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Boston Cannons: Little Things Turn It Around

0 - Published July 9, 2013 by in Major League Lacrosse, Pro Lacrosse

Only a few weeks back, the Boston Cannons were seemingly in free fall, sitting in seventh place with a 1-5 record. Since that time, they have changed their head coach, added in a couple of new faces, and rattled off four straight wins. Currently, they are in fourth place, and they looking solid as the playoff race heats up.

Cannons Huddle

Although the above changes can certainly be considered big ones, they aren’t the only thing at play here. In reality, the change for the Boston Cannons has come from the little things:

Aggressive, But Not TOO Aggressive – The Cannons were extending out, throwing checks, and getting beat on defense a little too often early on. Without time to settle the defense, this was resulting in far too many open looks on Jordan Burke, often early in the shot clock. Lately, Boston has been sitting back a bit more early in the shot clock, and then pressing out. In each possession, it’s only a matter of 10 seconds, but this slight delay is paying big dividends for the Cannons’ chemistry on D. The Cannons’ D is still aggressive, they are just timing it up a lot better.

Threatening Midfielders – Mike Stone has re-emerged as a huge threat, and bonafide scorer over the last couple of games, and Kevin Buchanan is getting a lot of good looks. Is this because Paul Rabil has been playing more midfield? Yes, yes it is. Both Stone and Buchanan have been in SSDM heaven lately, as Rabil is almost always drawing a pole. Rabil is also scoring on the LSMs for the most part. The Midfield is producing!

Add in Cam Flint as a legit dodger and all around mid, and this group is looking more and more dangerous. An extra goal here and there from D-mid Brent Adams never hurts either. This group just went from Boston’s biggest weakness to a huge strength.

Fun Fact: Brent Adams is the third Adams brother to play in the MLL, and all 3 have played for Boston at one point. Glenn (Wesleyan) and Owen (Stony Brook) also suited up for the Cannons in the past.

Attacking Your Role – The attack for Boston has, much like their midfield, started clicking, and this group definitely has some relatively set roles for each player. Right now, Ryan Boyle, Will Manny, and Matt Poskay give Boston a QB, a dodger, and a finisher, in that order. While Boyle and Manny are more than capable of doing other things, all three have committed to doing what they do best, and it is providing match up problems all around.

Ari Sussman gives Boston another good option, and he can fill the shoes of Boyle or Manny, or give Boston a triple dodging threat, if he plays on a line with them. Poskay is a little more limited, but he puts the biscuit in the basket like few others, and I don’t ever think I’ve seen him try to do “too much”. He knows his game, and puts up points.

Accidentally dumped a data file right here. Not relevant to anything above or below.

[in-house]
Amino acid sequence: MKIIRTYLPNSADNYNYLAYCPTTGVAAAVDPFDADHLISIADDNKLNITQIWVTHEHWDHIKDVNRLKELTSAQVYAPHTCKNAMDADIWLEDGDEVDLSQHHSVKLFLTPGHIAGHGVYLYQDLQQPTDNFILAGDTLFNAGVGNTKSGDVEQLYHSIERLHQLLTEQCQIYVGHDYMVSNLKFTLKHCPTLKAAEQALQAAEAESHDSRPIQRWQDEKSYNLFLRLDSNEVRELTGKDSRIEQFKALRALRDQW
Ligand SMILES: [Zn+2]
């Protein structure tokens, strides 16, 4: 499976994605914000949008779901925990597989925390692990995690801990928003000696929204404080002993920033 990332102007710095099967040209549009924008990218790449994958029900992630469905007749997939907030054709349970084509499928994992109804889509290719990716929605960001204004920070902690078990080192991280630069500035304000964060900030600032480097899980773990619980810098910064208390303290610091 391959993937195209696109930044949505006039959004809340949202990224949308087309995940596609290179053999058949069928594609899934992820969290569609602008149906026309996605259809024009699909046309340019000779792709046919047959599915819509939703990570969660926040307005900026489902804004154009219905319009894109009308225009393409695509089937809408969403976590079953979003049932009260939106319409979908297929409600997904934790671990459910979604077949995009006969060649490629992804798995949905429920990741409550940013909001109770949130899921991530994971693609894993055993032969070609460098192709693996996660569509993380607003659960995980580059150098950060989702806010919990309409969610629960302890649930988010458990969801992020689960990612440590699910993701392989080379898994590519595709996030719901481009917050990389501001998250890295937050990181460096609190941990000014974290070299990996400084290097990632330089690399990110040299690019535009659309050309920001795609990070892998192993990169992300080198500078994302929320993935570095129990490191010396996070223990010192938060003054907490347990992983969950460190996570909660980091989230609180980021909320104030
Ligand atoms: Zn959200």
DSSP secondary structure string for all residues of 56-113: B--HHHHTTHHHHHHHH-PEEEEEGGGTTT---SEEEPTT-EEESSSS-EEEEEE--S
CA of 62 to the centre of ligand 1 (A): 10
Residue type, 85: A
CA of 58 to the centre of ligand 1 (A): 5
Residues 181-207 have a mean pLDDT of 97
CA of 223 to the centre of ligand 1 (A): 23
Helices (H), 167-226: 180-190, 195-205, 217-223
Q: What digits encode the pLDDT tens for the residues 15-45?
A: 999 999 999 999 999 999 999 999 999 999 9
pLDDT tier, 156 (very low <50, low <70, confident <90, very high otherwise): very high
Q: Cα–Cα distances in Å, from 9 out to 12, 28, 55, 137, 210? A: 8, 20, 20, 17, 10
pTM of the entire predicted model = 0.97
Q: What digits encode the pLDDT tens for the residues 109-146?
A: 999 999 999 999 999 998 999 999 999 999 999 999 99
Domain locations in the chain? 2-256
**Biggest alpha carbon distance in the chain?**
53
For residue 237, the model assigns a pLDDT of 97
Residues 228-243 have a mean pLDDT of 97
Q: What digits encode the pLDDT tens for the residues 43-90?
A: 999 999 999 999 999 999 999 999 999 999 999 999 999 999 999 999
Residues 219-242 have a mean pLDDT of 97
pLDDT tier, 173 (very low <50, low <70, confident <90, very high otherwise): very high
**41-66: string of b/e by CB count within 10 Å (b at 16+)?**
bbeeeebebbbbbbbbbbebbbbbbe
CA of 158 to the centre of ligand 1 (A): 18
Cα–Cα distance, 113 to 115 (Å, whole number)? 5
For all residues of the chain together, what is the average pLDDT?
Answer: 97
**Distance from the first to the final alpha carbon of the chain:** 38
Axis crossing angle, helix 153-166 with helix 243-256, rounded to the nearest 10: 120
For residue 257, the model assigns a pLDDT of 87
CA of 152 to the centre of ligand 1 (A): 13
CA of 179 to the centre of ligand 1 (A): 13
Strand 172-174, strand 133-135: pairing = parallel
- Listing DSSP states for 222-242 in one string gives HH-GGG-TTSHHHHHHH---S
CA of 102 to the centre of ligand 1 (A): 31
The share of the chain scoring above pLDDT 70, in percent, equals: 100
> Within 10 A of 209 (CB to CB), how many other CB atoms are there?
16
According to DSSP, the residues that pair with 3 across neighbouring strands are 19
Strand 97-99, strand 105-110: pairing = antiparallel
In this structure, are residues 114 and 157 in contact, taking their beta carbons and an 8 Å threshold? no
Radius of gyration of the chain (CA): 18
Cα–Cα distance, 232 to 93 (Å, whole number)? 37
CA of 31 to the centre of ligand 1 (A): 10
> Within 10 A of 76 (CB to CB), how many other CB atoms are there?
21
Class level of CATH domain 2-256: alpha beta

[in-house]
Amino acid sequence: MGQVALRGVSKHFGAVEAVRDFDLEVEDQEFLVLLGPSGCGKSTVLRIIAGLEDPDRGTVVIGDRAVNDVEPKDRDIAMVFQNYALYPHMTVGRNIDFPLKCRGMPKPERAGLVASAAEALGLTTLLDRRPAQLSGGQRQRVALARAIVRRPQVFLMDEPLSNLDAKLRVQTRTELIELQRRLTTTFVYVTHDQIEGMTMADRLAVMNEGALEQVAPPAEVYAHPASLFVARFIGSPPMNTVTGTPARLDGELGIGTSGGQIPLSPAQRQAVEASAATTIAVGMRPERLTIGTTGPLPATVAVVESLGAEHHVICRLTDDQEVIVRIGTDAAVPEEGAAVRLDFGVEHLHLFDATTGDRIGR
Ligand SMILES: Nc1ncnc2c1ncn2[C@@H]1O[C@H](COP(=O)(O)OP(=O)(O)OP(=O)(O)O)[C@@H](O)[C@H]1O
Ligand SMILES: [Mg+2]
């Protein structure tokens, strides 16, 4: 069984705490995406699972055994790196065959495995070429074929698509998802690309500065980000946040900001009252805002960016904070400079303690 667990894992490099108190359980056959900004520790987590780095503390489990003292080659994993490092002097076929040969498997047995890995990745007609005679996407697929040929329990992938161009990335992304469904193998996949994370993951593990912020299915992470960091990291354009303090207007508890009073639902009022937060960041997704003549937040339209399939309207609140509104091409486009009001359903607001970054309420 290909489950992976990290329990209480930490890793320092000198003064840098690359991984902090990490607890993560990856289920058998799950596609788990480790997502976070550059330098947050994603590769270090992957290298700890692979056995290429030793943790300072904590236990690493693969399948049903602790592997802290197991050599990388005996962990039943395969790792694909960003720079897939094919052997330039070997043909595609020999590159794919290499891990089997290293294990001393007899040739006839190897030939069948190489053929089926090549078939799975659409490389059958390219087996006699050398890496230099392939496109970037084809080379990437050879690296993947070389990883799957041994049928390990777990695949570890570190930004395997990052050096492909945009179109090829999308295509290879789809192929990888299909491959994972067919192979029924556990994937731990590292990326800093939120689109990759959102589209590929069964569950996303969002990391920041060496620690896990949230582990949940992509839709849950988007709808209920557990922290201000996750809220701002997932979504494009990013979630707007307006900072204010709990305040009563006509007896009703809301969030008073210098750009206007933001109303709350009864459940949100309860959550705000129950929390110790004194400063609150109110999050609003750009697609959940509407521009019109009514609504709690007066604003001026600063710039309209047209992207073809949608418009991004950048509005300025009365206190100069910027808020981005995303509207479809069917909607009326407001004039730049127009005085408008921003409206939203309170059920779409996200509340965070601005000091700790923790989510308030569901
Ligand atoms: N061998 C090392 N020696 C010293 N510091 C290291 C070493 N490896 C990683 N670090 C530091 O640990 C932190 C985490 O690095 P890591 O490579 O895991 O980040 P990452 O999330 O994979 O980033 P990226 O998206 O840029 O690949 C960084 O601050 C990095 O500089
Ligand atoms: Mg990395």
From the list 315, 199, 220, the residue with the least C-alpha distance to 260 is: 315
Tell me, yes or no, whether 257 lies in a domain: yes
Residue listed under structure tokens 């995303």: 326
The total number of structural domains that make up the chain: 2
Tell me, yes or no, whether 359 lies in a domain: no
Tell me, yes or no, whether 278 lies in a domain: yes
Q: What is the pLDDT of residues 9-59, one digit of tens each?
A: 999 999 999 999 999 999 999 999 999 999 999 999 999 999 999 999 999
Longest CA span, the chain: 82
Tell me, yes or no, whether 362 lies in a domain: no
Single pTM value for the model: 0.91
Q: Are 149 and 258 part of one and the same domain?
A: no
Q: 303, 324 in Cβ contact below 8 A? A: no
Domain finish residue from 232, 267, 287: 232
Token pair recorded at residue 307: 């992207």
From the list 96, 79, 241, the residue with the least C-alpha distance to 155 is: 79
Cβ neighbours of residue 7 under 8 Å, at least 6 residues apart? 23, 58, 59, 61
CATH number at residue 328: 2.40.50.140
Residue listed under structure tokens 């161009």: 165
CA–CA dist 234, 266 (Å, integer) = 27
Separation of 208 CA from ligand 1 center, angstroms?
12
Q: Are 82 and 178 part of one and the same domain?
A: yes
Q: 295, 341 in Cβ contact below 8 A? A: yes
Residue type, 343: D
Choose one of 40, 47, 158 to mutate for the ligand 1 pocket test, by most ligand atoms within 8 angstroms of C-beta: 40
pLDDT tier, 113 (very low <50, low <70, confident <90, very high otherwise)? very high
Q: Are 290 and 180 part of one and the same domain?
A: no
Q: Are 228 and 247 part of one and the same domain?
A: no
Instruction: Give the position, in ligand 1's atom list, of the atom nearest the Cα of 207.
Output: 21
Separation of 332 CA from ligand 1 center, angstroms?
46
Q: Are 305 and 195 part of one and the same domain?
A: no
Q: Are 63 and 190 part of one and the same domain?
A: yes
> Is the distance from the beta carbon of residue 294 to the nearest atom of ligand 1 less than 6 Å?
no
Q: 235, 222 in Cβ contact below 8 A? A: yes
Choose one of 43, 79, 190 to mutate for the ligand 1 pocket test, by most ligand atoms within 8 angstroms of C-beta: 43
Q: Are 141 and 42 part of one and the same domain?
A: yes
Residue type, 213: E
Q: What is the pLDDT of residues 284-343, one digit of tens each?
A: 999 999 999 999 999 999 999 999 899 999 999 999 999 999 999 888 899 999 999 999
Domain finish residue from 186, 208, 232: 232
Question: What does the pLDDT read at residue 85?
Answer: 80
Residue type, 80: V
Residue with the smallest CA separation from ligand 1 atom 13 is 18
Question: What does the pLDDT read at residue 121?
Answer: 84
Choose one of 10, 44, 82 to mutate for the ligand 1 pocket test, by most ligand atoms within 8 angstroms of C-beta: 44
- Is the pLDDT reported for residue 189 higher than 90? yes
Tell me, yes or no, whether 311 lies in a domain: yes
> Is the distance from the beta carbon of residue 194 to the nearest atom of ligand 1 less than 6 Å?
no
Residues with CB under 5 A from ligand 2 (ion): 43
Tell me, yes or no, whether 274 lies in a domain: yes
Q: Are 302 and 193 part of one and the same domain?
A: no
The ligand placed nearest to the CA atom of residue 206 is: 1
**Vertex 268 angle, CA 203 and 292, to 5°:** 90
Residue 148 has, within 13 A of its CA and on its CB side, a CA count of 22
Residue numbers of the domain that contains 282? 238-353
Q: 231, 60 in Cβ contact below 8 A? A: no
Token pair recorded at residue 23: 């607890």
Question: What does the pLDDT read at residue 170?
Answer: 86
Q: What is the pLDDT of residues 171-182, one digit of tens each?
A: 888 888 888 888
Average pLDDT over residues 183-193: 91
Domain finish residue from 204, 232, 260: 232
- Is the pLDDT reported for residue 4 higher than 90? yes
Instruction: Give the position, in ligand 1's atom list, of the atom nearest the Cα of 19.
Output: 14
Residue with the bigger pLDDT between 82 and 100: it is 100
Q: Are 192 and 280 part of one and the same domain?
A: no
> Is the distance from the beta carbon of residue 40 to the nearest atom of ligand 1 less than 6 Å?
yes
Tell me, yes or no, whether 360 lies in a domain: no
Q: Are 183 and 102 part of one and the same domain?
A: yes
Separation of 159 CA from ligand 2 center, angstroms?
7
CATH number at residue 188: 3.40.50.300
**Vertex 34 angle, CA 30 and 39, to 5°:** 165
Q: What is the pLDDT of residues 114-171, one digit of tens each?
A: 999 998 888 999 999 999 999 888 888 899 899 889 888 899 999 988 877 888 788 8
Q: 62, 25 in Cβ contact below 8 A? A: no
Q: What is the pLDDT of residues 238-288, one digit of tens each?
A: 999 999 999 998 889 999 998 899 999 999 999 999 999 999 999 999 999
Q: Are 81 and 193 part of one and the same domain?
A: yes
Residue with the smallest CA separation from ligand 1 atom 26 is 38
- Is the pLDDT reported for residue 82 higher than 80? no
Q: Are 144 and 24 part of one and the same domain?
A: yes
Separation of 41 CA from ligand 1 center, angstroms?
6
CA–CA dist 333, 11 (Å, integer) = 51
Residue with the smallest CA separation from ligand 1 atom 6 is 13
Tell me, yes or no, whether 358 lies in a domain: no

Face Off Eck-cellence – The Cannons’ entire face off unit looks much improved. Better wing play, less transition given up, more generated… it’s all looking pretty solid. But the biggest change has seemingly come from Chris Eck. It’s like someone said, “hey Chris, remember when you were good?” and then Eck got pissed, and decided to start winning face offs like a man possessed. When Eck doesn’t win, he’s delaying and defending pretty well. Maybe Eck just hit his stride again, but he’s looking better than ever right now.

The Attitude And Intensity – Boston had the talent early in the year to win games, but they didn’t. They still have the talent now, so maybe it’s the attitude that has changed? The Cannons are filled with guys who have won at every level, and they all know that you win games consistently by focusing on what you do, playing hard, and doing your job. Boyle, Rabil, and Belisle have all seemingly doubled down their efforts in this area, and it’s clearly trickling down from the Captains, and no doubt, their new coach, John Tucker.

In the end, not that much has changed for Boston. They are still aggressive on D, Eck is still facing off, and Rabil is still the focal point on offense. The difference is that everyone knows what they need to do to make the Cannons successful, and now they are doing it.

The above may seem obvious and trivial to some, but that fact is, when you’re playing in the MLL, it’s not all about the stars having big games. Winners share the ball, play their roles to perfection, and get the little things right. I can say with some confidence now that Boston is one of those teams.

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